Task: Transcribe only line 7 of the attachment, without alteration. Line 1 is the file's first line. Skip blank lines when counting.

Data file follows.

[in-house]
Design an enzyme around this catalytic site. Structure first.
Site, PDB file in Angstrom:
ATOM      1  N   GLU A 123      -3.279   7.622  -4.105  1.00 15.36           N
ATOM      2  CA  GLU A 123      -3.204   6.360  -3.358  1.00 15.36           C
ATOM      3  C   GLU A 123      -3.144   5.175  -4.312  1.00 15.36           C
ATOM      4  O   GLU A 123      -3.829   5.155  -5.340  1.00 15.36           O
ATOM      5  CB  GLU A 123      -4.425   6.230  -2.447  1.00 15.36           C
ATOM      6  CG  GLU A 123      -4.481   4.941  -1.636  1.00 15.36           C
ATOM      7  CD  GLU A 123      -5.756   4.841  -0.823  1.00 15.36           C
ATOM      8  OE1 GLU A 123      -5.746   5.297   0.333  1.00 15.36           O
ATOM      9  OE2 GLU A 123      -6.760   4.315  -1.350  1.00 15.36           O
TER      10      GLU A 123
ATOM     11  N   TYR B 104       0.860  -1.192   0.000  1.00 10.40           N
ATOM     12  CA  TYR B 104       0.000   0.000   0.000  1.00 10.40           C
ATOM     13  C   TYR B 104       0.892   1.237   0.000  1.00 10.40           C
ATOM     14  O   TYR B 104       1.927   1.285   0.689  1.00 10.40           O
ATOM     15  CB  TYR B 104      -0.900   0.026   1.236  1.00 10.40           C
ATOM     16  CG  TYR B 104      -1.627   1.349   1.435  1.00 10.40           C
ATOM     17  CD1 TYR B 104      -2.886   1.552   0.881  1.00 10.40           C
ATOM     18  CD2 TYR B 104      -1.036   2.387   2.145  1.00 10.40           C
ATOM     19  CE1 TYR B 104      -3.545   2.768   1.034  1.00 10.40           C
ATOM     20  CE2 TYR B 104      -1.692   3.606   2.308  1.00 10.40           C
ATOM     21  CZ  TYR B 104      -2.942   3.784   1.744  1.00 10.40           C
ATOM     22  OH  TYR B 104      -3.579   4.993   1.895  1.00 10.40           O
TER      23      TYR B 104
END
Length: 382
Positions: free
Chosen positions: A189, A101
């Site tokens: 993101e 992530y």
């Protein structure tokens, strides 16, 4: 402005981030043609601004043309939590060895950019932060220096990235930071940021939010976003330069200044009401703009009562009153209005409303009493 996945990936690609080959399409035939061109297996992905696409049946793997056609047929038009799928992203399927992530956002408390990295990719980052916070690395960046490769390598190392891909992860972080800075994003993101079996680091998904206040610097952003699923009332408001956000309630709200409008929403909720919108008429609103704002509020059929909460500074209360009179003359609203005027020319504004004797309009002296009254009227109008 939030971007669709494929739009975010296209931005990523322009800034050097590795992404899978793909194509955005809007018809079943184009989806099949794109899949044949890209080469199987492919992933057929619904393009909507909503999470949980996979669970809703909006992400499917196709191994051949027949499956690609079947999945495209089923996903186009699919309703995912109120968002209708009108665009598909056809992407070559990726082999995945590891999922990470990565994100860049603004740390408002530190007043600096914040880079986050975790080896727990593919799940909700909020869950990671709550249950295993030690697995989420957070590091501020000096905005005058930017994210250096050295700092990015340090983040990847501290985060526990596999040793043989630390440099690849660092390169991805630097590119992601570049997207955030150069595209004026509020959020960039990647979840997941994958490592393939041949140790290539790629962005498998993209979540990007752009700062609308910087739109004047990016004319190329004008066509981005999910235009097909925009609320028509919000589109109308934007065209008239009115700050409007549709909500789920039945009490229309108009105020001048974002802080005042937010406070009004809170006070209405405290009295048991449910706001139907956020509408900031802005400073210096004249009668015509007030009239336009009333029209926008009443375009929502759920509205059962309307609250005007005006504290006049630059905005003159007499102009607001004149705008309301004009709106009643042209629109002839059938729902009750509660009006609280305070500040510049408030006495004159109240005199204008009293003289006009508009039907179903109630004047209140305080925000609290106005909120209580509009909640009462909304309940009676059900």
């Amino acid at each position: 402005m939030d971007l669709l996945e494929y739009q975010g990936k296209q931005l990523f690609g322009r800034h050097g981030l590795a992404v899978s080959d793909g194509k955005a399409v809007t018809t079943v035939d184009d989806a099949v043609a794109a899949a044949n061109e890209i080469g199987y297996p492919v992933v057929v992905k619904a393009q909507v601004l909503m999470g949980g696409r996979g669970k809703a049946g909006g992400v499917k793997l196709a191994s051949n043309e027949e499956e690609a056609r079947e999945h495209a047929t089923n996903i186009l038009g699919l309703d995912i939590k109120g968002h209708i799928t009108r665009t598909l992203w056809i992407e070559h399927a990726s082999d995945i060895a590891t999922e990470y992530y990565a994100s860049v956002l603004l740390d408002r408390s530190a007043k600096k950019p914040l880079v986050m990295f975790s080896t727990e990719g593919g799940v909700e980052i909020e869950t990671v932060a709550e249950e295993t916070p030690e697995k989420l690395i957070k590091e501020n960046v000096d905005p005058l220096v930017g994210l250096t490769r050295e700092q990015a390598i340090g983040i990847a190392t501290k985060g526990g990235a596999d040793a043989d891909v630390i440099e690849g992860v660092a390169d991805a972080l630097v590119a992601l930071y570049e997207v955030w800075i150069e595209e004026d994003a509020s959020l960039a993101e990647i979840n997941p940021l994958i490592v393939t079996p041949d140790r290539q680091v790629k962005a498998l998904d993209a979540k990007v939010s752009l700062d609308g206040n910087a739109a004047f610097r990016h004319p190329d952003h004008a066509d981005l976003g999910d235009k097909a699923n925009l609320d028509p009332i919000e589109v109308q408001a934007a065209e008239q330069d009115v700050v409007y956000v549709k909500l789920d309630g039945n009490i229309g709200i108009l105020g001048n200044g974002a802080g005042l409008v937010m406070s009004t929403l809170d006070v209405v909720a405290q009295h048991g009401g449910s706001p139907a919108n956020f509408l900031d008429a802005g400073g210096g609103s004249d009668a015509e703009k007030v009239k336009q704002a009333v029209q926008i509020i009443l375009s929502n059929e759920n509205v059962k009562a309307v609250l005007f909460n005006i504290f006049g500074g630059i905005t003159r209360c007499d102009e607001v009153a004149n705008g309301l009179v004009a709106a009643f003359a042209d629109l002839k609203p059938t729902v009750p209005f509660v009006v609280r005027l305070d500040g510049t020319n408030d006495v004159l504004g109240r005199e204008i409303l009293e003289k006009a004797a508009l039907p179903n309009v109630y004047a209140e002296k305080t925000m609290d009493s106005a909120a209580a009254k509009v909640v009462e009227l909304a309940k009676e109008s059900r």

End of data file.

ATOM      4  O   GLU A 123      -3.829   5.155  -5.340  1.00 15.36           O